Battersea Arts Centre was announced as the overall category winner, with Reading Abbey highly commended alongside seven other projects, including Alexandra Palace East Wing Regeneration in Greater London, Chichester Festival Theatre and Llanthony Secunda Priory in Gloucester. The Civic Trust Awards encourage and recognise the very best in architecture through promoting sustainability and inclusiveness throughout the built environment and rewarding projects that offer positive social and economic benefits to their local communities. It is also Europe’s longest running architectural and built environment awards programme.

Engagement and Outreach

I have been able to take part in several engagement events over the last 6 months;

  • The University of Reading’s Community Engagement Event in the Autumn (thanks to Elaine Robson for telling me about this) with the next event on 26 March.
  • 12 October – A very impressive meeting of the British Association of Friends of Museums which was held in the Victoria Hall.
  • 8 November Alison and I met the Chairs of the Wokingham and the Newbury Civic Societies to share ideas and challenges and our engagement with Civic Voice.
  • 14 November with members of the CAAC I was invited to take part in the visit to Reading by members of Historic England’s Historic Places Panel. Alongside members of Reading Borough Council we delivered briefs about Reading, its heritage, opportunities and challenges. We also accompanied their walk around the Town Centre, out to St Mary’s, Hosier Street and Oxford Road (which they were favourably impressed by in many ways) providing our take on the issues. At dinner in Thames Lido the initial feedback from the Chair of the Panel to the Councillors and Officers included “Be demanding of Developers”, “Don’t let Developers simply roll out designs they have implemented elsewhere”, “Don’t become another Croydon.” A report will be published by Spring 2020.
Above the Historic Places Panel in Oxford Road
  • 18 November I met with two residents of Lynmouth Road who, in response to the planned developments on their doorstep, are exploring the idea of setting up a Thames Path Residents Association.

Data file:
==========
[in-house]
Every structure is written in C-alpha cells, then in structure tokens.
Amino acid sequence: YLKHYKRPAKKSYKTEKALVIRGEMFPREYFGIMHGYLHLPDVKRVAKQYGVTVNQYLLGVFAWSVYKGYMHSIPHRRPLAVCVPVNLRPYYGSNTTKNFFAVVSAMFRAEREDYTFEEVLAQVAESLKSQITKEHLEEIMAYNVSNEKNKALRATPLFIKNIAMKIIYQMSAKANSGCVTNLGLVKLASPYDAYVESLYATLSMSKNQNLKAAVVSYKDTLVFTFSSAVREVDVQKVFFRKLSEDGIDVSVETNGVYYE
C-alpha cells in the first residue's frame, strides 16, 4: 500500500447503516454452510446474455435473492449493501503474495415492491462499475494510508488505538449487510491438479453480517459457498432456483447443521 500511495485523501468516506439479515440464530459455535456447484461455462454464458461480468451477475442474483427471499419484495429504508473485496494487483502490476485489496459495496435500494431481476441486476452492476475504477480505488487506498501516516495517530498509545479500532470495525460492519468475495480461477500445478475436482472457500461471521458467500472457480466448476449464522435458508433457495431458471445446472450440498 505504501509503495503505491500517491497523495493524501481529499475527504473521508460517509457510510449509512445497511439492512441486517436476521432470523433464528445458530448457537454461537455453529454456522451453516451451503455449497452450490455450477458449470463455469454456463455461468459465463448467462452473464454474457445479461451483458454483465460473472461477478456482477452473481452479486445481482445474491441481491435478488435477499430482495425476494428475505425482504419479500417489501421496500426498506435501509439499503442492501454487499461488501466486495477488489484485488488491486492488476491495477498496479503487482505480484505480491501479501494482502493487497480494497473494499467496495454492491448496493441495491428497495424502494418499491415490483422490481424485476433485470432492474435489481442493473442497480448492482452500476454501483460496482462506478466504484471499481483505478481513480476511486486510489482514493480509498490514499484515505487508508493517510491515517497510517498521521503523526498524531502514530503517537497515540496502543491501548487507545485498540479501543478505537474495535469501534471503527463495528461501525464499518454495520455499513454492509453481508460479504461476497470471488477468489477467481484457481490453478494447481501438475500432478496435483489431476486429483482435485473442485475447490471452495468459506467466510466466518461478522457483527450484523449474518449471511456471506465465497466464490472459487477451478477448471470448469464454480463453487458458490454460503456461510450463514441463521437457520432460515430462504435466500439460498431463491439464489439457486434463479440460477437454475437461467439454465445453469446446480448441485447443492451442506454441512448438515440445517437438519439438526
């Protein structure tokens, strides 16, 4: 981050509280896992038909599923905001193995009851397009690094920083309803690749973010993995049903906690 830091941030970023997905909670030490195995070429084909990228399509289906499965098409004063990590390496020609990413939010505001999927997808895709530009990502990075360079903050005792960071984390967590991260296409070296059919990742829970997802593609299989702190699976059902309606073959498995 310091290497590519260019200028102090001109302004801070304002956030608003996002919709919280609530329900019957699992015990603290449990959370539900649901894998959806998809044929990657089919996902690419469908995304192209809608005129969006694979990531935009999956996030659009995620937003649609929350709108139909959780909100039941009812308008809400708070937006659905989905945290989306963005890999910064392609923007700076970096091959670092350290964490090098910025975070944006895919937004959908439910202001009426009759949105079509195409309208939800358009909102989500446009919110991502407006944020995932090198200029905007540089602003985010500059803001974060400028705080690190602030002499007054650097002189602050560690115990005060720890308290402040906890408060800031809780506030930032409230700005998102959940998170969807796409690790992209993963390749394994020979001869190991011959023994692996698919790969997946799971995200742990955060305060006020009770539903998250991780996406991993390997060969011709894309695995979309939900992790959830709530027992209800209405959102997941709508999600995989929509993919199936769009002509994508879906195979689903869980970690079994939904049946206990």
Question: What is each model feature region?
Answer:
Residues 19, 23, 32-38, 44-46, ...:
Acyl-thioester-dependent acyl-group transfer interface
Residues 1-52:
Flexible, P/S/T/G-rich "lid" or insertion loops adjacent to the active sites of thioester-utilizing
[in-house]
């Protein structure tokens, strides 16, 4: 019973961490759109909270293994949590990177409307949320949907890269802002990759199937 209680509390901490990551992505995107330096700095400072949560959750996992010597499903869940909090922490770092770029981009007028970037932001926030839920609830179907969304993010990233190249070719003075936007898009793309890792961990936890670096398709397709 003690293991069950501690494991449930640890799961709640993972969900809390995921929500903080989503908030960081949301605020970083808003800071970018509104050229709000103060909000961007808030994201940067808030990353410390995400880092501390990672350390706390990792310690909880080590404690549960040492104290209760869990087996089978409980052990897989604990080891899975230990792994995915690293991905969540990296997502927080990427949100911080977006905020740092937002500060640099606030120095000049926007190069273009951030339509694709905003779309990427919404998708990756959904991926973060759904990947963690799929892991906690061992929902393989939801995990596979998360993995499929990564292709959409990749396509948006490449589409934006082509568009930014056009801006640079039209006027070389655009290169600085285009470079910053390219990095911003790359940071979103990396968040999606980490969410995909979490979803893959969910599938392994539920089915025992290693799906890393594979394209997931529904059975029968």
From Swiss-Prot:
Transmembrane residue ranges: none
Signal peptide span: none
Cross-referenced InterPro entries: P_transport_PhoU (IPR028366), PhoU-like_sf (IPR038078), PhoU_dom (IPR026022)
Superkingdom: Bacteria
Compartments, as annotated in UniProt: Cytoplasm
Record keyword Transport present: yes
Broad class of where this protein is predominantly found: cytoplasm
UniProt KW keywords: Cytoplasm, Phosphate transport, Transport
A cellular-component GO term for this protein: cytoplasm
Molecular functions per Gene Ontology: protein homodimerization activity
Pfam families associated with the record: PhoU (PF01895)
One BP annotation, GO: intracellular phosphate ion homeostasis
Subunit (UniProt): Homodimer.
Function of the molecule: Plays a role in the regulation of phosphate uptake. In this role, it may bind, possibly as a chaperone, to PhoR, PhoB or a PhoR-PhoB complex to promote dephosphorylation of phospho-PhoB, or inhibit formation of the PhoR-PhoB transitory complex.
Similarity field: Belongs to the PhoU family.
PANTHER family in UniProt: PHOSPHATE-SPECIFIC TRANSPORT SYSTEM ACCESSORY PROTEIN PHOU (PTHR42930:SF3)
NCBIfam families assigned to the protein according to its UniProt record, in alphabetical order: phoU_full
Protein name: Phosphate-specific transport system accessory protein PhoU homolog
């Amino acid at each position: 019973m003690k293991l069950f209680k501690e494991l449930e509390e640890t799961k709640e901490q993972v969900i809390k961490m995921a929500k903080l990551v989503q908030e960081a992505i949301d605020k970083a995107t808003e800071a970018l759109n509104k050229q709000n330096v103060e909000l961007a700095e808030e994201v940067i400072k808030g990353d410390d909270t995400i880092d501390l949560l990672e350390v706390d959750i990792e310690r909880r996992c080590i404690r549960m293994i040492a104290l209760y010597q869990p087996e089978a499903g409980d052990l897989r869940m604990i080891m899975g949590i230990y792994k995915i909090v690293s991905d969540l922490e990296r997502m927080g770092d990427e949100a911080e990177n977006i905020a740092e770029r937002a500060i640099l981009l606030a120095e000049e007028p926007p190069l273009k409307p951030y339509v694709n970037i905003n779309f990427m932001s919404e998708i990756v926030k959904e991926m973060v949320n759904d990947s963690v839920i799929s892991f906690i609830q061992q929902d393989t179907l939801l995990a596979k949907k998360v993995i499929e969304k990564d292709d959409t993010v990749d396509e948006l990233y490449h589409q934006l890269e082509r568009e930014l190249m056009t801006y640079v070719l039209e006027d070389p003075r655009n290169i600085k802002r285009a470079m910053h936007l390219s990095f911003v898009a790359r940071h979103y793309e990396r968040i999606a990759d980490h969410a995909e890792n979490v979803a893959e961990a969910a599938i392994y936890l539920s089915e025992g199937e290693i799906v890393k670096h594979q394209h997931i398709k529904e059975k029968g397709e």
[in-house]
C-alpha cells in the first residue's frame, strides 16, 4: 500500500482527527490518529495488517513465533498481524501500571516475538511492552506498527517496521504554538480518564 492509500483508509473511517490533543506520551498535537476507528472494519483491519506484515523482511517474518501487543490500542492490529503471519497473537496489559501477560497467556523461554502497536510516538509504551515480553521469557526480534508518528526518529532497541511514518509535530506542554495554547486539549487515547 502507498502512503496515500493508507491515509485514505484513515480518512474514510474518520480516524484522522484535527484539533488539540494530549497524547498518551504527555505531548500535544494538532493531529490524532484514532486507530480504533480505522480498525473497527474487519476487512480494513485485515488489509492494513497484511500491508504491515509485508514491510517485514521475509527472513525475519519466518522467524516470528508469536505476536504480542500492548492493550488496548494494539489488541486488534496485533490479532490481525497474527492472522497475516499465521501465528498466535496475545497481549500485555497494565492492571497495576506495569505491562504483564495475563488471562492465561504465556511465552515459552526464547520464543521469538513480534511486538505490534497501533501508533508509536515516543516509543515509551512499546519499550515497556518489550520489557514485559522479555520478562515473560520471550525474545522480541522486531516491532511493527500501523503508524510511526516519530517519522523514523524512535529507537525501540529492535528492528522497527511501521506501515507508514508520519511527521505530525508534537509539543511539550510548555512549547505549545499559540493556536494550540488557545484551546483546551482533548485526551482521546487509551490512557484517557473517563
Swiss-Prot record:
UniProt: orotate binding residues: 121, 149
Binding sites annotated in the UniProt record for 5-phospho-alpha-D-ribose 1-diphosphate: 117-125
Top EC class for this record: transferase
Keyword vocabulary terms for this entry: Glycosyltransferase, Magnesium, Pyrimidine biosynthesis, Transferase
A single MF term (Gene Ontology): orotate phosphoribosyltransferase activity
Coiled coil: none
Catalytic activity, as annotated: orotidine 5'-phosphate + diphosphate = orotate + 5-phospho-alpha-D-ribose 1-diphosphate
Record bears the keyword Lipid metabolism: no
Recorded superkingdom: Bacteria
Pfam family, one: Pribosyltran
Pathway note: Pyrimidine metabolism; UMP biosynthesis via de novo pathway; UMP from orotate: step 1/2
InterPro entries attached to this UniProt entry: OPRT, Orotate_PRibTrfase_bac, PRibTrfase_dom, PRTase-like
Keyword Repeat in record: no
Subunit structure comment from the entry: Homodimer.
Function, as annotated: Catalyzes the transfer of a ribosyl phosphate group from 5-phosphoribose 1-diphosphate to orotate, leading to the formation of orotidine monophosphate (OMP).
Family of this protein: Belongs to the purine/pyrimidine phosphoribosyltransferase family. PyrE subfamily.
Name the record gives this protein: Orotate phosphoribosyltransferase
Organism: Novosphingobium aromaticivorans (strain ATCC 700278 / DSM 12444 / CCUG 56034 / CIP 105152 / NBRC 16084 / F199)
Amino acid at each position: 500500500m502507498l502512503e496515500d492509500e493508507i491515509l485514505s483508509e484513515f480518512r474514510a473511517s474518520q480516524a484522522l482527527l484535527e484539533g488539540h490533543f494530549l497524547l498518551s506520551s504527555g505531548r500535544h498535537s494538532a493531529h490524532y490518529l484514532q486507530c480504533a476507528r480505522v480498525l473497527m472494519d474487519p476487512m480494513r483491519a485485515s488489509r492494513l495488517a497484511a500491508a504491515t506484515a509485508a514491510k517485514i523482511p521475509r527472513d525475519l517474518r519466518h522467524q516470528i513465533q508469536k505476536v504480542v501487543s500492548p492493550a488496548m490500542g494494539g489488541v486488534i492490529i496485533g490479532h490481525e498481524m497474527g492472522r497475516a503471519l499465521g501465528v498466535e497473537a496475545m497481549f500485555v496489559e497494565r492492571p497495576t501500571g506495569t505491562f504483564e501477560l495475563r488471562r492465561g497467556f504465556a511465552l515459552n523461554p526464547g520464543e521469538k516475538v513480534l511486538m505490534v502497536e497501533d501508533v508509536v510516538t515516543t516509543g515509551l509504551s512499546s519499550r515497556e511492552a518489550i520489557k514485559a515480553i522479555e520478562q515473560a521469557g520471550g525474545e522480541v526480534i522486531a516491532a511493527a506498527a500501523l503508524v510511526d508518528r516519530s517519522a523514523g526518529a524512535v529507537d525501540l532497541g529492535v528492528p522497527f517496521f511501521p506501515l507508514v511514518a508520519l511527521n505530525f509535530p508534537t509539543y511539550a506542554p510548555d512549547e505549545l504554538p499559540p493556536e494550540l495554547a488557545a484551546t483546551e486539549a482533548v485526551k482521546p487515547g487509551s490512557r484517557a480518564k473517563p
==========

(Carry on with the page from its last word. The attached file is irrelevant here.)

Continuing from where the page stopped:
Heritage Open Days 2020 11-20 September 2020  

HODs now runs for 10 days. In January Reading UK CIC invited RCS, the CAAC and other interested groups to meet to explore ideas for new HODs events. Much of this will be on hold at the moment pending the Conovirus. A walk of Coley (old and new) is planned for Friday 11 Sept and Sunday 20th September starting at 10 am at the bottom of Castle Hill (Led by Terry Dixon and RB). Further details will be announced in due course and booking will be via Eventbrite.


I have given talks to several groups about Reading Civic Society and the changes which face the centre of Reading as a result of the over 28 development proposals planned for the town centre:

  • 12 November to CADRA members “The Changing Face of Reading”. With Mark Worringham of RBC. Approximately 100 members.
  • 29 November to members of the Reading WEA 29 November “The Changing Face of Reading but focusing on the Prison site”. Approximately 25 members.
  • 14 January Visits Reading “Changing Face of Reading” Approx 80 members.
  • Upcoming:
  • 3 February Friends of Reading Museum
  • 18 June Caversham WI

Each of the Changing Faces talks are different as between each several new planning applications have come forward. If you know of any groups who would be interested in such a talk please let the Chair know.

Planning Updates.

  • Late last year we started a Planning Sub Committee which includes; Amanda Martin, Sean Duggan, Richard Stainthorp, Stephen Snook,  Terry Dixon,  and Alison and the Chair.  It meets on an ad hoc basis to consider  key planning applications as they come forward and agrees the Civic Society comments to be submitted. If we are able to generate an invitation it will meet developers/their agents as part of the Pre-Application process. Where appropriate we also invite members of Residents Associations / CAAC to take part in discussions.